Robinhood wants you to buy Robinhood shares in Robinhood

Robinhood Markets Inc. wants its users to buy shares. The online brokerage itself, that is.

The popular stock trading app plans to reserve up to 35% of the shares in its next initial public offering for individual investors, according to people familiar with the matter, a much higher retail allocation than in a typical trade. Robinhood wants people to sign up to buy shares on their new platform that gives users access to IPOs before they go public.

Robinhood’s IPO is shaping up to be the biggest proof yet of a notion that is gaining traction on Wall Street: the day-to-day investor should play a bigger role in the IPO market. Robinhood rivals SoFi Technologies Inc. and social media and investment app Public Holdings Inc. are launching their own IPO access platforms to harness the new power and enthusiasm of the everyday investor.

The timing is not an accident. The new listing market is on its way to its busiest summer in years. The companies have sold more than $ 190 billion worth of shares in US-listed IPOs so far in 2021, according to data provider Dealogic, already exceeding the record total for 2020.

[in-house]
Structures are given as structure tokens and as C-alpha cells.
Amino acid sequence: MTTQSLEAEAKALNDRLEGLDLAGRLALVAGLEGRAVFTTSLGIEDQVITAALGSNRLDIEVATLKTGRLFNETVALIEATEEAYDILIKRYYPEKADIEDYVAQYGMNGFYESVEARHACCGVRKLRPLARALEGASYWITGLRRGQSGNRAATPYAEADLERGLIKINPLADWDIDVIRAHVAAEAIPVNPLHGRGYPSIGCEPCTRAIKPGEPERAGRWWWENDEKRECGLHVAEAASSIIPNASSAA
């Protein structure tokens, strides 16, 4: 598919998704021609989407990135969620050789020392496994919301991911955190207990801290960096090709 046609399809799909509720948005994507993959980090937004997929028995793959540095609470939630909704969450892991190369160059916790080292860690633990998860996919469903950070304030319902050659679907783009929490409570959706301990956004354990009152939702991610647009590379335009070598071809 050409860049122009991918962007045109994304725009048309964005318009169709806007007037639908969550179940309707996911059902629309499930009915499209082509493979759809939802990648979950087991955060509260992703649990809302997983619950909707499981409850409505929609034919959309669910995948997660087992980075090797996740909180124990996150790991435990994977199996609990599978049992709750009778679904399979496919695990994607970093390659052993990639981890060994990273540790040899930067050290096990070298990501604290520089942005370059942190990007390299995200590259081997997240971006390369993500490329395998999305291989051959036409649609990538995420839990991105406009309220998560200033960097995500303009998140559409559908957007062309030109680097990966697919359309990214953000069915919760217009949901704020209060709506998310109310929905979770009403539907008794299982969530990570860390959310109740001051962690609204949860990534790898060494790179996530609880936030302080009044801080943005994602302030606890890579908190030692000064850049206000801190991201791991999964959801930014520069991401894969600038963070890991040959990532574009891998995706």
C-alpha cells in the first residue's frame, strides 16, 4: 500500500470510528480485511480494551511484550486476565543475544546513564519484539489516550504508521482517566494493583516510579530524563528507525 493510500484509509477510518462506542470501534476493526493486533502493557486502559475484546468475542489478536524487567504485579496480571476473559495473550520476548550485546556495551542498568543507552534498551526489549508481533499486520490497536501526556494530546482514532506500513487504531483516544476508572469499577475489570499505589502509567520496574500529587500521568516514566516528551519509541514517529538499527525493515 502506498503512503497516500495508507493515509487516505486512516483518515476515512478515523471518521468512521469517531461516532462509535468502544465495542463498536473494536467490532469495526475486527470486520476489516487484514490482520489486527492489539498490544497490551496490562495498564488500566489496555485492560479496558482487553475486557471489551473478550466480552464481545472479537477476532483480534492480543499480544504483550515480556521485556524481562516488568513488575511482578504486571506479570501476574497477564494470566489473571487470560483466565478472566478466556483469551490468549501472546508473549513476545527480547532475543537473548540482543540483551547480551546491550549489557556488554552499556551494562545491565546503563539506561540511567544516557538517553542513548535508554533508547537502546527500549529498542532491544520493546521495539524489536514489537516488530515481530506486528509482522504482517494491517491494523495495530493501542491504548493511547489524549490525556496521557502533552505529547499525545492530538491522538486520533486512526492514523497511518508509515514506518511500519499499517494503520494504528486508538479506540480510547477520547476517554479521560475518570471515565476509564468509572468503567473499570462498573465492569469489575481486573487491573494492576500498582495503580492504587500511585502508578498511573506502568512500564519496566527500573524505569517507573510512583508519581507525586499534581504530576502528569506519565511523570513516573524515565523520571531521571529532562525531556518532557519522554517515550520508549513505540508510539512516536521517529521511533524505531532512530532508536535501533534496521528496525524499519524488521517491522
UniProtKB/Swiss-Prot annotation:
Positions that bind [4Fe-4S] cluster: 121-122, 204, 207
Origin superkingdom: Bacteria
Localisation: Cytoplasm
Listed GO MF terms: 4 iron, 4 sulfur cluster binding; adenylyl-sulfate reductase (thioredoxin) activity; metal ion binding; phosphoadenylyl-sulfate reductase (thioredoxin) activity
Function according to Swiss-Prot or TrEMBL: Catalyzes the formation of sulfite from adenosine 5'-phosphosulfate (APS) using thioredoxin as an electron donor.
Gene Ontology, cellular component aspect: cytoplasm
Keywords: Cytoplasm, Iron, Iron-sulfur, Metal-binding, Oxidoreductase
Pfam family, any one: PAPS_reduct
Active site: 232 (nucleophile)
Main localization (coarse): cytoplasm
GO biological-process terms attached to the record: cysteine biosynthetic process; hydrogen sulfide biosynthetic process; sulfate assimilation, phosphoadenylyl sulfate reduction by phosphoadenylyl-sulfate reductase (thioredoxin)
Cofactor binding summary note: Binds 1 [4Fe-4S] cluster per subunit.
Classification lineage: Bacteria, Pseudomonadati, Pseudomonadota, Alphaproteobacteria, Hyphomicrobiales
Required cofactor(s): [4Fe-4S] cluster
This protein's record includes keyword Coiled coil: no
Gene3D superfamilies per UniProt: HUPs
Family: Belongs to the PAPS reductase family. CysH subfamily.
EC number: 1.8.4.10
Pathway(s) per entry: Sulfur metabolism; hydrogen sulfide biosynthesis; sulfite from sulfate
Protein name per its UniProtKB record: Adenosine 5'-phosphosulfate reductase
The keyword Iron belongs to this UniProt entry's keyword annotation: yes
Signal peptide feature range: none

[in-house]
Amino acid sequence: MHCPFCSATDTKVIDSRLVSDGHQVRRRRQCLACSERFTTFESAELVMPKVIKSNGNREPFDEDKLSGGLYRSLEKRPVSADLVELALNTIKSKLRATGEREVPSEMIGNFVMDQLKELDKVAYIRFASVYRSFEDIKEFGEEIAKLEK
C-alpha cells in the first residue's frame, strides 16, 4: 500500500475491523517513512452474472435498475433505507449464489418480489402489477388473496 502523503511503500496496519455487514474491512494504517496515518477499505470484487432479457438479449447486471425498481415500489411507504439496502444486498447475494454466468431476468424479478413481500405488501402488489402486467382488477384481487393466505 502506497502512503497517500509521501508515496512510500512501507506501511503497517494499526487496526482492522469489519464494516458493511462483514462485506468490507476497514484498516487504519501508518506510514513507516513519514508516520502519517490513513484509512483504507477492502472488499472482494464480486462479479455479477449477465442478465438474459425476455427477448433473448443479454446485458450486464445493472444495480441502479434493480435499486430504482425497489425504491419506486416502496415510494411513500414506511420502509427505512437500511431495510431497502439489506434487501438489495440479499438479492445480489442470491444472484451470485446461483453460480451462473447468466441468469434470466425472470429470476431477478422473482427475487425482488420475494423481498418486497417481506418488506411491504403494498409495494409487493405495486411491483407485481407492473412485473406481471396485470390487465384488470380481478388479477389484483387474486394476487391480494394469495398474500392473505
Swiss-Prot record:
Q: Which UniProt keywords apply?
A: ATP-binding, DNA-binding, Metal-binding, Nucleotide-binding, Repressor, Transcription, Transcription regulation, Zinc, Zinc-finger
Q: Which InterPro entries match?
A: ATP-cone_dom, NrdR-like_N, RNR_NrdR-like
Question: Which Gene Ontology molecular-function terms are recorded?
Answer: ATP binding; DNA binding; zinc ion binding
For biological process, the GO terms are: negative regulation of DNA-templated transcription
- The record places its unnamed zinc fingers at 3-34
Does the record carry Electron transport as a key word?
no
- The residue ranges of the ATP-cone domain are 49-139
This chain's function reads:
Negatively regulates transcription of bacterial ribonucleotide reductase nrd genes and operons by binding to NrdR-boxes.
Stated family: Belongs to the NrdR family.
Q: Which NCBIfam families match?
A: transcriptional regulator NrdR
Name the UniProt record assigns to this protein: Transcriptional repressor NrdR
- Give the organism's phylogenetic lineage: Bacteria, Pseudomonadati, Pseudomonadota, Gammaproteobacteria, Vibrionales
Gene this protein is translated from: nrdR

The new platforms are a new twist on an old idea that never got off the ground. For all the influence hobby investors have over the stocks of memes like GameStop Corp. and AMC Entertainment Holdings Inc., they have largely been shut out of the IPO party. Companies tend to allocate less than 10% to individual investors, according to brokers, and much of that supply is absorbed by wealthy, well-connected clients of banks. (There are some notable exceptions: Facebook Inc. sold about 25% of its IPO shares to individual investors when it went public in 2012).

Source: WSJ

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